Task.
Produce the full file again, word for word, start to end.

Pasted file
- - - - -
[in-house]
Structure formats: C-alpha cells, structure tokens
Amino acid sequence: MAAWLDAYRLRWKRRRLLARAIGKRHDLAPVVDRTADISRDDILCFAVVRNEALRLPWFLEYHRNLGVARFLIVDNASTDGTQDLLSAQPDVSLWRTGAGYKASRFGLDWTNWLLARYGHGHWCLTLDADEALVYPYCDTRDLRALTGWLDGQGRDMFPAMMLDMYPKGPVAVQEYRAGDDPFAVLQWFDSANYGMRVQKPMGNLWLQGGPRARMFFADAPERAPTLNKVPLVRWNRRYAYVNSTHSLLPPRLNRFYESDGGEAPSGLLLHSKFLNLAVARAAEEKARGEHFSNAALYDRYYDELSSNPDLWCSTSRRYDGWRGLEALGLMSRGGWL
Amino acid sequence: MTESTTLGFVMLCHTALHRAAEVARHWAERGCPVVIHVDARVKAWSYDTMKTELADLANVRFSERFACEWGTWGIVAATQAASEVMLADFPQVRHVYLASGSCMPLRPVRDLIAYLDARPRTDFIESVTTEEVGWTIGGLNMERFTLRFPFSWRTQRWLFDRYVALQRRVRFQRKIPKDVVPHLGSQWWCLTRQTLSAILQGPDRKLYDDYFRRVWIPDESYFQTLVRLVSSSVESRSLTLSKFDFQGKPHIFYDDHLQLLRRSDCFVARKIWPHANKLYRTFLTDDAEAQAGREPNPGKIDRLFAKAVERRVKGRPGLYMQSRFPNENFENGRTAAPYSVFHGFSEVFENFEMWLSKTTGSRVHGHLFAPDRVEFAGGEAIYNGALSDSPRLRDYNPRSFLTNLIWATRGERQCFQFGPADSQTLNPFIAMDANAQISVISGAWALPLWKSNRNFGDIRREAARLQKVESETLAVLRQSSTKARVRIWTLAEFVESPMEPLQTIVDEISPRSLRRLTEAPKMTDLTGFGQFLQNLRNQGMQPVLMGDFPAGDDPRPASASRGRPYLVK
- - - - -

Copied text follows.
[in-house]
Structure formats: C-alpha cells, structure tokens
Amino acid sequence: MAAWLDAYRLRWKRRRLLARAIGKRHDLAPVVDRTADISRDDILCFAVVRNEALRLPWFLEYHRNLGVARFLIVDNASTDGTQDLLSAQPDVSLWRTGAGYKASRFGLDWTNWLLARYGHGHWCLTLDADEALVYPYCDTRDLRALTGWLDGQGRDMFPAMMLDMYPKGPVAVQEYRAGDDPFAVLQWFDSANYGMRVQKPMGNLWLQGGPRARMFFADAPERAPTLNKVPLVRWNRRYAYVNSTHSLLPPRLNRFYESDGGEAPSGLLLHSKFLNLAVARAAEEKARGEHFSNAALYDRYYDELSSNPDLWCSTSRRYDGWRGLEALGLMSRGGWL
Amino acid sequence: MTESTTLGFVMLCHTALHRAAEVARHWAERGCPVVIHVDARVKAWSYDTMKTELADLANVRFSERFACEWGTWGIVAATQAASEVMLADFPQVRHVYLASGSCMPLRPVRDLIAYLDARPRTDFIESVTTEEVGWTIGGLNMERFTLRFPFSWRTQRWLFDRYVALQRRVRFQRKIPKDVVPHLGSQWWCLTRQTLSAILQGPDRKLYDDYFRRVWIPDESYFQTLVRLVSSSVESRSLTLSKFDFQGKPHIFYDDHLQLLRRSDCFVARKIWPHANKLYRTFLTDDAEAQAGREPNPGKIDRLFAKAVERRVKGRPGLYMQSRFPNENFENGRTAAPYSVFHGFSEVFENFEMWLSKTTGSRVHGHLFAPDRVEFAGGEAIYNGALSDSPRLRDYNPRSFLTNLIWATRGERQCFQFGPADSQTLNPFIAMDANAQISVISGAWALPLWKSNRNFGDIRREAARLQKVESETLAVLRQSSTKARVRIWTLAEFVESPMEPLQTIVDEISPRSLRRLTEAPKMTDLTGFGQFLQNLRNQGMQPVLMGDFPAGDDPRPASASRGRPYLVK